Second is that the deal will put more money into the budget. Sberbank is the most profitable bank in the sector and recently promised to increase its dividend payments to 50% of its income as the government increasingly uses dividends to tap the profits of its best companies, rather than taxes. However, the CBR regularly held back part of those payments to keep on its own balance sheet. Now all of Sberbank’s dividends will be paid directly into the budget.
Thirdly, the deal in effect provides a back door route for the CBR to tap the NWF and gives it cash to spend in the money markets to defend the ruble. The Ministry of Finance paid for the deal using NWF money, which has now dropped to about RUB9 trillion.
This last point is key, as the CBR’s alternative to holding the ruble’s value up was to hike rates again, which would have killed off whatever growth the Russian economy is due to put in during its recovery from April’s crash.
Just how the CBR will use this money remains unclear, but the $29bn it now has is thought to be enough to defend the ruble until September, by which time the government hopes the situation will have stabalised and oil prices will have recovered enough to take the pressure off the government’s finances, especially after the OPEC++ production cut deal that will reduce production of oil by 9.7mn barrels per day that was signed on April 13.
“The CBR will be gradually selling [the $29bn] until the end of September so far as the price of Urals stays below $25 a barrel,” Ivan Tkachev, the economics editor of RBC, said in a recent article. “Since the onset of these interventions, the [Russian benchmark blend] Urals price has never exceeded the threshold, and the CBR sold more than $2bn in April. The more Russian oil deviate from $25, the higher the amount of currency sold by the CBR. Thus the central bank is effectively compensating for the shortfall of export earnings, supplying the domestic market with that amount of currency as if the Urals price was $25.”
The CBR’s currency sales will automatically protect the ruble from depreciating too much while oil prices stay low, and buys the government five months of time for the worst effects of the crisis to fade.
At $25 per barrel, the estimated fair value of the ruble is RUB75-76 to the dollar, estimates Tkachev. The price of Brent was $30.97 as of May 9 and the value of the ruble was RUB73.4, slightly better than Tkachev’s lower band estimate of oil and exchange rate forecasts.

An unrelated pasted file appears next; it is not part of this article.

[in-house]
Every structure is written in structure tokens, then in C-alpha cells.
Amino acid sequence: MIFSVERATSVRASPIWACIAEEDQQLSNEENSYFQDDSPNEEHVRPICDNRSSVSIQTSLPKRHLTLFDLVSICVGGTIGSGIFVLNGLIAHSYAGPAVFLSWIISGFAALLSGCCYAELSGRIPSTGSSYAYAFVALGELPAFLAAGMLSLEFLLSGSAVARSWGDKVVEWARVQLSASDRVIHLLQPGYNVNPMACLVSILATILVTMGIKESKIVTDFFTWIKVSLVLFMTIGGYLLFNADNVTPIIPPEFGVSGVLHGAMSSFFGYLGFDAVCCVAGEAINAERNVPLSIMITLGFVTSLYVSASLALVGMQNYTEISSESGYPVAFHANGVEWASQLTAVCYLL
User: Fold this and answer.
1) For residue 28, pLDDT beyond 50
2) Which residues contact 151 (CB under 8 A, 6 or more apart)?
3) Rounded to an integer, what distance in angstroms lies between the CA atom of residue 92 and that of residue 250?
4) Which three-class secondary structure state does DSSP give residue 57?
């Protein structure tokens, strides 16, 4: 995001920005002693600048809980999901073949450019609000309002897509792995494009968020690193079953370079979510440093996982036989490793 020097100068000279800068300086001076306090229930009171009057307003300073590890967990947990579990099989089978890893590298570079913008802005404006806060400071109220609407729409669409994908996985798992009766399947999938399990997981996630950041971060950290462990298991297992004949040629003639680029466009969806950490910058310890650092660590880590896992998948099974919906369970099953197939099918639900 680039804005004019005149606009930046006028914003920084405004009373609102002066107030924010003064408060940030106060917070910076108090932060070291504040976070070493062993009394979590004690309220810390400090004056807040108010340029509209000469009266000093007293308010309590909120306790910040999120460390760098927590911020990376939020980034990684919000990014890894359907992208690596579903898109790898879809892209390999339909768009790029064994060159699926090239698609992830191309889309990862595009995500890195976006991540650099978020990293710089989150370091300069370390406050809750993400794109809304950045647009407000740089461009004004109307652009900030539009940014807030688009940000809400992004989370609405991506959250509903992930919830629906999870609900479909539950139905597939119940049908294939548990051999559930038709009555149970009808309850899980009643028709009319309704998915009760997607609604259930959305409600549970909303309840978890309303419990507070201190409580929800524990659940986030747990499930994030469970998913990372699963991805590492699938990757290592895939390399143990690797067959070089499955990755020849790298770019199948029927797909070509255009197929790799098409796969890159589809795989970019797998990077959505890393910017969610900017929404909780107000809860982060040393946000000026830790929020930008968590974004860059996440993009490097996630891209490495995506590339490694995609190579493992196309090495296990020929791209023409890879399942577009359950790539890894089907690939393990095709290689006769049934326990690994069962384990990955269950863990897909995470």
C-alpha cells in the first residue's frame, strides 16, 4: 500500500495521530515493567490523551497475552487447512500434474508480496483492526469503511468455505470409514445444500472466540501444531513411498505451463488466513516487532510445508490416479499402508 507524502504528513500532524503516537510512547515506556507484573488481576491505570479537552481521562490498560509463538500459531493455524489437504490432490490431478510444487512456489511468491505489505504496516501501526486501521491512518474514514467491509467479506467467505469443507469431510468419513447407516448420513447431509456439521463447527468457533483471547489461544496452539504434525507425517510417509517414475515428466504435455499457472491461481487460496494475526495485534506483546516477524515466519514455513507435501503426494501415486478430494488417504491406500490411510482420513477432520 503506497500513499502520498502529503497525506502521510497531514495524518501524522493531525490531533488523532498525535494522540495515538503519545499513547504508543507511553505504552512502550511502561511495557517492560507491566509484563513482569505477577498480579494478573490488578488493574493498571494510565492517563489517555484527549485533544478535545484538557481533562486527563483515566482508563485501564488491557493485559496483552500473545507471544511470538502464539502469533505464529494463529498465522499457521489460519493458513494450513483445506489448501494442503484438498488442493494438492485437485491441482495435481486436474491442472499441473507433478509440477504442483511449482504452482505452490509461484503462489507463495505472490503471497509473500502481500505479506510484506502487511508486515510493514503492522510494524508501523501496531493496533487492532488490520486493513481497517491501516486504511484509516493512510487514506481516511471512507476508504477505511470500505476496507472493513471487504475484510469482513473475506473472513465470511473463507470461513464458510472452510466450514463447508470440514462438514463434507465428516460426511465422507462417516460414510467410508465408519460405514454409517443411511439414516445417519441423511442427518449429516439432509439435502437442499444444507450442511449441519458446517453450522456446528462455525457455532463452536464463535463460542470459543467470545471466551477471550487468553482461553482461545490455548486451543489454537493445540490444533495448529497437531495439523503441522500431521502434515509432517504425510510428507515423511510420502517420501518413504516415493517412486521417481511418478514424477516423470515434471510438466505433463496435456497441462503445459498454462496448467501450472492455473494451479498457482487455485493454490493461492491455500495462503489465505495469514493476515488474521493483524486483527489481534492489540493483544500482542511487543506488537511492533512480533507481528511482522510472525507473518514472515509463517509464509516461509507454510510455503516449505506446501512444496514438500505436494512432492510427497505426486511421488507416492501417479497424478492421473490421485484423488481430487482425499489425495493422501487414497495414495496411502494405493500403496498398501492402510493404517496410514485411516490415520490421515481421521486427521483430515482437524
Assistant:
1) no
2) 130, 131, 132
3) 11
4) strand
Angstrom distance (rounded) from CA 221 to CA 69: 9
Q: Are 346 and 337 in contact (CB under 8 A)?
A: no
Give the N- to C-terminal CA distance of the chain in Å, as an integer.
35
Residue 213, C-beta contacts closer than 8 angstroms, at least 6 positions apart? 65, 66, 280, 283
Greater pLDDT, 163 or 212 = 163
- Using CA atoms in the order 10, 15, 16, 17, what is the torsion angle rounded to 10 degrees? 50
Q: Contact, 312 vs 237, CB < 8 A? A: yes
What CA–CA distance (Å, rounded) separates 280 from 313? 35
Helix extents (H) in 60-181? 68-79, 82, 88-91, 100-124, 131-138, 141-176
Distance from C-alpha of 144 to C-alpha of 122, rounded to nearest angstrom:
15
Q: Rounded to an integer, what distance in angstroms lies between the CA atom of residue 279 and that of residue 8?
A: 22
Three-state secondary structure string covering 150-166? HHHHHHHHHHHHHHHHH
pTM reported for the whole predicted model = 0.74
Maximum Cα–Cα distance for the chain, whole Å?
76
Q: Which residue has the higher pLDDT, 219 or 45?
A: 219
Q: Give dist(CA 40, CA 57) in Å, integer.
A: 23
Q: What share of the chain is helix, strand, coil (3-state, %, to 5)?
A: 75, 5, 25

And the Sberbank money is not the only resource that the government has brought to the ruble’s defence. In addition to the CBR’s own operations, the Ministry of Finance also sells currency on the money markets. The CBR’s statistics aggregate data on both mechanisms, since it is the CBR that is the currency sales agent in both cases, says Tkachev.
“Unlike the CBR’s variable sales, the Finance Ministry’s operations are fixed one month in advance. In April, its daily foreign currency sales amount to the equivalent of RUB3.5bn (circa $46mn). But from March 10, when the CBR launched currency interventions on behalf of the Ministry of Finance, until April 22, more than $5bn was sold using both channels,” says Tkachev.
The sale of dollars under the fiscal rule are not happening as oil prices are under the key $42 per barrel level. However, on May 8 the CBR formalised an informal “auxiliary fiscal rule.” The CBR announced that it will intervene in the FX markets when the Russia’s Urals blend of oil prices (which usually cost about $2 less than Brent) drops below $25. That means the CBR will sell an additional $0.5-1.5bn on the open market for every $5/bbl decline in the Urals oil price below the lower threshold, analysts at VTB Capital estimate.
“That is the main reason the ruble has not followed oil prices down in their dramatic plunge,” says Tkachev.